Stock market falls amid fears of global recession, rising inflation and higher interest rates have made 2022 a miserable year for many investors.
And exchange traded funds skewed towards disruptive, high-growth companies have been particularly hard hit.
Fans of Cathie Wood need no reminding that her flagship Ark Innovation ETF now sits on a paper loss of 64 per cent for the 12 months to 28 September, in US dollar terms. Another growth play, the KraneShares CSI China Internet UCITS ETF, has been heavily exposed to the share price woes of Alibaba and Tencent, pushing it to a loss of 43 per cent for the 12 months to 28 September.
Traditional index tracker funds typically offer much greater diversification than this. However, the difficulties of the past year remind us that even deliberately diffuse funds can still be heavily exposed to a few big, fashionable companies and suffer when sentiment turns against them.
The so-called “Fanmag” stocks — comprising Facebook owner Meta, Amazon, Netflix, Microsoft, Apple and Google owner Alphabet — recently made up more than a fifth of the popular iShares Core S&P 500 UCITS ETF. Trackers of the widely followed MSCI World index also look vulnerable, given its chunky weighting to the US and the recently weakened tech giants.
Meanwhile, funds designed to mitigate such concentration risk are enjoying a revival. ETFs that invest a roughly equal amount into each of the S&P 500’s constituent shares and rely less on tech majors have proved popular. So, too, have emerging market ETFs that exclude the hulking presence of Chinese stocks in indices covering the region. Such funds have performed well for now, though specific risks are worth flagging.
Equally weighted S&P 500 trackers have had something of a resurgence on both sides of the Atlantic. BlackRock launched its iShares S&P 500 Equal Weight UCITS ETF for the European market in August, after rival Invesco launched such a product last year. An Xtrackers fund of the same ilk, launched in 2014, has also amassed significant assets over the years, with more than £3bn across its different forms at the end of August.
In these funds, even the most prominent holdings account for no more than 0.3 per cent of their overall portfolios, so the risks of being dragged down by a sell-off in big tech are substantially reduced. Morningstar fund research analyst Alan Tang notes that tech stocks make up 15 per cent of the equal-weighted S&P 500 index — a big step down from the 27 per cent showing in the market cap-weighted version. Performance data show the equal-weighted approach has certainly been less painful for investors recently.
Concentration worries have prompted new offerings in the emerging market space, too. With China increasingly seen as an investment region in its own right and making up some 32 per cent of the widely followed MSCI Emerging Markets index at the end of August, more funds that track this region but exclude China have appeared.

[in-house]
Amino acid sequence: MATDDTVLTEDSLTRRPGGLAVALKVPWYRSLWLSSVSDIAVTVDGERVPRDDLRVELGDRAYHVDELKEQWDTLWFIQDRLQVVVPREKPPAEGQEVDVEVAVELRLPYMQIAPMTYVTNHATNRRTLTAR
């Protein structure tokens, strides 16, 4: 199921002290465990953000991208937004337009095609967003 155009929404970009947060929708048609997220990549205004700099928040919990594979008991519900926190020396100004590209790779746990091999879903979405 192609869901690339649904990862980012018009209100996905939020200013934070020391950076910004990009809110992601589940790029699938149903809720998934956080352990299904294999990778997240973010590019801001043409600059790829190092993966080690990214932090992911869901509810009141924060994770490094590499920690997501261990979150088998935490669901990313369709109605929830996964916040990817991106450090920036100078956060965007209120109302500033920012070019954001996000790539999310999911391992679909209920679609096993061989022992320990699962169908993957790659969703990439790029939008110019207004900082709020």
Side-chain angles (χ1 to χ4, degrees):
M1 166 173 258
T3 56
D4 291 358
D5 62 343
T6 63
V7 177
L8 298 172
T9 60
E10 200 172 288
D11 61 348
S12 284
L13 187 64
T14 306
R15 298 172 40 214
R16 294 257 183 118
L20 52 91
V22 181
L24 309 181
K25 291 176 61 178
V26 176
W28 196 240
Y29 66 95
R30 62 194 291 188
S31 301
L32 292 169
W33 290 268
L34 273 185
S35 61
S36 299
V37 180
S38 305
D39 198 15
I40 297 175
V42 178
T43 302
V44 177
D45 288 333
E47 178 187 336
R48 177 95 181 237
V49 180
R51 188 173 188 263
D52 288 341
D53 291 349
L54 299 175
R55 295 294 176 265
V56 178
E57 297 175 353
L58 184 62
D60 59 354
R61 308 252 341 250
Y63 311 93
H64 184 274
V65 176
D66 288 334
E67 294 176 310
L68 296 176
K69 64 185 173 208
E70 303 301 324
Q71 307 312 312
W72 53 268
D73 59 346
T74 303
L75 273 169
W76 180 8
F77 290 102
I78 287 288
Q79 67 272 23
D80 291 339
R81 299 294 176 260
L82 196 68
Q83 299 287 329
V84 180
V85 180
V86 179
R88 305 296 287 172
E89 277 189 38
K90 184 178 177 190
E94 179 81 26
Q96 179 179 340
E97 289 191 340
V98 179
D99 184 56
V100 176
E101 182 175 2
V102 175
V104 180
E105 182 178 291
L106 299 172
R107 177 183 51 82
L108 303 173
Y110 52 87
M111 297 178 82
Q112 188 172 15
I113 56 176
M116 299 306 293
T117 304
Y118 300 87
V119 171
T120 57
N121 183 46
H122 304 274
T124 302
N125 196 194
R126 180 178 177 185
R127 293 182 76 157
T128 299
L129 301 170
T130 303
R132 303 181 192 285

The Lyxor MSCI Emerging Markets ex China UCITS ETF (EMXC) entered the European market in 2019 and has looked increasingly relevant as Chinese regulatory interventions and lockdown policies have shaken investors. iShares has since launched its own emerging markets ex-China ETF. The chart (above left) shows both funds have fared better than a standard emerging market tracker lately.
An equally weighted US equity fund may also appear slightly more defensive but comes with risks of its own. As Tang notes, by reducing exposure to the tech majors, investors “will likely be switching one investment bias for another”.
“Because equal weight strategies tend to have a bias towards smaller companies, which have historically exhibited higher volatility than their larger peers, the portfolio risk may actually increase,” he explains.
Tang notes, for example, that the S&P 500 Equal Weight index suffered a wider range between peak and trough in trading prices than its conventionally weighted market-cap equivalent in both the Covid crash of early 2020 and in 2008.
Equal-weighted funds will also sell names as they rise and buy those as they fall. This means investors can gain by selling down overhyped stocks before they lose their lustre, though they also risk losing upside value should they hold their gains.
In the case of emerging market funds that exclude China, these tend to have their own substantial country biases: the Lyxor fund recently had around a fifth of its assets in India, with a similar allocation to Taiwan.
With China so dominant in emerging market indices, some investors may well see the appeal of holding a dedicated China fund alongside the likes of an ex-China ETF.
But investors might also see pitfalls in avoiding the market leaders — especially in the US.
“Ultimately, the relentless power of the wisdom of crowds has seen cap-weighted strategies outperform most peers over longer periods in most markets,” Tang says.
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